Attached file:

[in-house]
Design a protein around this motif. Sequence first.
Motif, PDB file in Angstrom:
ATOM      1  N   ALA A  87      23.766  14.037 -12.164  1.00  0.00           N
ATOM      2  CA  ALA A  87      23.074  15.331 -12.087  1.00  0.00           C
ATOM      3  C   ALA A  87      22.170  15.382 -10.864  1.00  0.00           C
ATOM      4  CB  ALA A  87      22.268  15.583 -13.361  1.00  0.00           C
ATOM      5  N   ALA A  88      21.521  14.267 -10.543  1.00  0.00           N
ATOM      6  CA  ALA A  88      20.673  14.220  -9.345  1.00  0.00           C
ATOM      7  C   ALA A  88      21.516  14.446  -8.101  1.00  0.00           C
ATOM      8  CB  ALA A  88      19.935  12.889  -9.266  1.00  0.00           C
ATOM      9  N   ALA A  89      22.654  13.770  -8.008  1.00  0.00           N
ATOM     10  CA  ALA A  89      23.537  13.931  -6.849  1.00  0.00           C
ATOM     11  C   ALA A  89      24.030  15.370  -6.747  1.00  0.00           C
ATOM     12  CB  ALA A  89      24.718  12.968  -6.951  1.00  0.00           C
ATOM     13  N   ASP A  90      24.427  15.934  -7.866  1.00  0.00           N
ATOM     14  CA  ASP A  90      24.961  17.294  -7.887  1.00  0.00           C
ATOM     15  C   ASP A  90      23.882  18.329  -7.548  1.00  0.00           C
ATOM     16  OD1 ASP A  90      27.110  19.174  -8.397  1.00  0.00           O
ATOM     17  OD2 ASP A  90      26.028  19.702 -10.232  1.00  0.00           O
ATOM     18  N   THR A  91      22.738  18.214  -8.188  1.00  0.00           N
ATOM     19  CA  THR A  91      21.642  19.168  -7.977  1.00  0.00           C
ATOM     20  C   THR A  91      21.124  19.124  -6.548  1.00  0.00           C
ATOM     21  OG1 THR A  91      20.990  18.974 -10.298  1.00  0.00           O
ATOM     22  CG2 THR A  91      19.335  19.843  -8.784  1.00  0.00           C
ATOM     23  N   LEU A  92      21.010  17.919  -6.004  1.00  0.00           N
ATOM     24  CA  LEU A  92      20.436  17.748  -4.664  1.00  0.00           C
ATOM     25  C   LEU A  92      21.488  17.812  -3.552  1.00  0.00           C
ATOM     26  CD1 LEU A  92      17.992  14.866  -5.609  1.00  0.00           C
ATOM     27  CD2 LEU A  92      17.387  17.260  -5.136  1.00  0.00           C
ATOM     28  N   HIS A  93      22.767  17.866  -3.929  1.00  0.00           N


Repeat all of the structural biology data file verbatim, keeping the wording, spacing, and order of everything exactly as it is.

[in-house]
Design a protein around this motif. Sequence first.
Motif, PDB file in Angstrom:
ATOM      1  N   ALA A  87      23.766  14.037 -12.164  1.00  0.00           N
ATOM      2  CA  ALA A  87      23.074  15.331 -12.087  1.00  0.00           C
ATOM      3  C   ALA A  87      22.170  15.382 -10.864  1.00  0.00           C
ATOM      4  CB  ALA A  87      22.268  15.583 -13.361  1.00  0.00           C
ATOM      5  N   ALA A  88      21.521  14.267 -10.543  1.00  0.00           N
ATOM      6  CA  ALA A  88      20.673  14.220  -9.345  1.00  0.00           C
ATOM      7  C   ALA A  88      21.516  14.446  -8.101  1.00  0.00           C
ATOM      8  CB  ALA A  88      19.935  12.889  -9.266  1.00  0.00           C
ATOM      9  N   ALA A  89      22.654  13.770  -8.008  1.00  0.00           N
ATOM     10  CA  ALA A  89      23.537  13.931  -6.849  1.00  0.00           C
ATOM     11  C   ALA A  89      24.030  15.370  -6.747  1.00  0.00           C
ATOM     12  CB  ALA A  89      24.718  12.968  -6.951  1.00  0.00           C
ATOM     13  N   ASP A  90      24.427  15.934  -7.866  1.00  0.00           N
ATOM     14  CA  ASP A  90      24.961  17.294  -7.887  1.00  0.00           C
ATOM     15  C   ASP A  90      23.882  18.329  -7.548  1.00  0.00           C
ATOM     16  OD1 ASP A  90      27.110  19.174  -8.397  1.00  0.00           O
ATOM     17  OD2 ASP A  90      26.028  19.702 -10.232  1.00  0.00           O
ATOM     18  N   THR A  91      22.738  18.214  -8.188  1.00  0.00           N
ATOM     19  CA  THR A  91      21.642  19.168  -7.977  1.00  0.00           C
ATOM     20  C   THR A  91      21.124  19.124  -6.548  1.00  0.00           C
ATOM     21  OG1 THR A  91      20.990  18.974 -10.298  1.00  0.00           O
ATOM     22  CG2 THR A  91      19.335  19.843  -8.784  1.00  0.00           C
ATOM     23  N   LEU A  92      21.010  17.919  -6.004  1.00  0.00           N
ATOM     24  CA  LEU A  92      20.436  17.748  -4.664  1.00  0.00           C
ATOM     25  C   LEU A  92      21.488  17.812  -3.552  1.00  0.00           C
ATOM     26  CD1 LEU A  92      17.992  14.866  -5.609  1.00  0.00           C
ATOM     27  CD2 LEU A  92      17.387  17.260  -5.136  1.00  0.00           C
ATOM     28  N   HIS A  93      22.767  17.866  -3.929  1.00  0.00           N